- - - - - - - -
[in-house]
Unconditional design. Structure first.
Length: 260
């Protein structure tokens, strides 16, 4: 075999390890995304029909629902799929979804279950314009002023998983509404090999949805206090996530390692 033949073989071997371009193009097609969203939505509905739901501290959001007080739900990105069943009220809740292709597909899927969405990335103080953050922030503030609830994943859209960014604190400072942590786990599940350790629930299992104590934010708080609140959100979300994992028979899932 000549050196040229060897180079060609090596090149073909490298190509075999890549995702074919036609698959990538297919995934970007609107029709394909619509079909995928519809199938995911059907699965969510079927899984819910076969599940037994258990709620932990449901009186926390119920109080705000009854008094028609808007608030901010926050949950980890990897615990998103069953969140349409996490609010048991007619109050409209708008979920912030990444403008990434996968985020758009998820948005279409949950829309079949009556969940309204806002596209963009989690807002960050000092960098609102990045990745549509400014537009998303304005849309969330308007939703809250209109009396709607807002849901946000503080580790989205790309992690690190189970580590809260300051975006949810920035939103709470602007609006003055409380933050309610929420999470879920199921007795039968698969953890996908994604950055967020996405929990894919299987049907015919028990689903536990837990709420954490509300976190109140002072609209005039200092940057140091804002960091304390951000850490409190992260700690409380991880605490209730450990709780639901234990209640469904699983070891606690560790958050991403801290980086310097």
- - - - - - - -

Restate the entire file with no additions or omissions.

[in-house]
Unconditional design. Structure first.
Length: 260
């Protein structure tokens, strides 16, 4: 075999390890995304029909629902799929979804279950314009002023998983509404090999949805206090996530390692 033949073989071997371009193009097609969203939505509905739901501290959001007080739900990105069943009220809740292709597909899927969405990335103080953050922030503030609830994943859209960014604190400072942590786990599940350790629930299992104590934010708080609140959100979300994992028979899932 000549050196040229060897180079060609090596090149073909490298190509075999890549995702074919036609698959990538297919995934970007609107029709394909619509079909995928519809199938995911059907699965969510079927899984819910076969599940037994258990709620932990449901009186926390119920109080705000009854008094028609808007608030901010926050949950980890990897615990998103069953969140349409996490609010048991007619109050409209708008979920912030990444403008990434996968985020758009998820948005279409949950829309079949009556969940309204806002596209963009989690807002960050000092960098609102990045990745549509400014537009998303304005849309969330308007939703809250209109009396709607807002849901946000503080580790989205790309992690690190189970580590809260300051975006949810920035939103709470602007609006003055409380933050309610929420999470879920199921007795039968698969953890996908994604950055967020996405929990894919299987049907015919028990689903536990837990709420954490509300976190109140002072609209005039200092940057140091804002960091304390951000850490409190992260700690409380991880605490209730450990709780639901234990209640469904699983070891606690560790958050991403801290980086310097």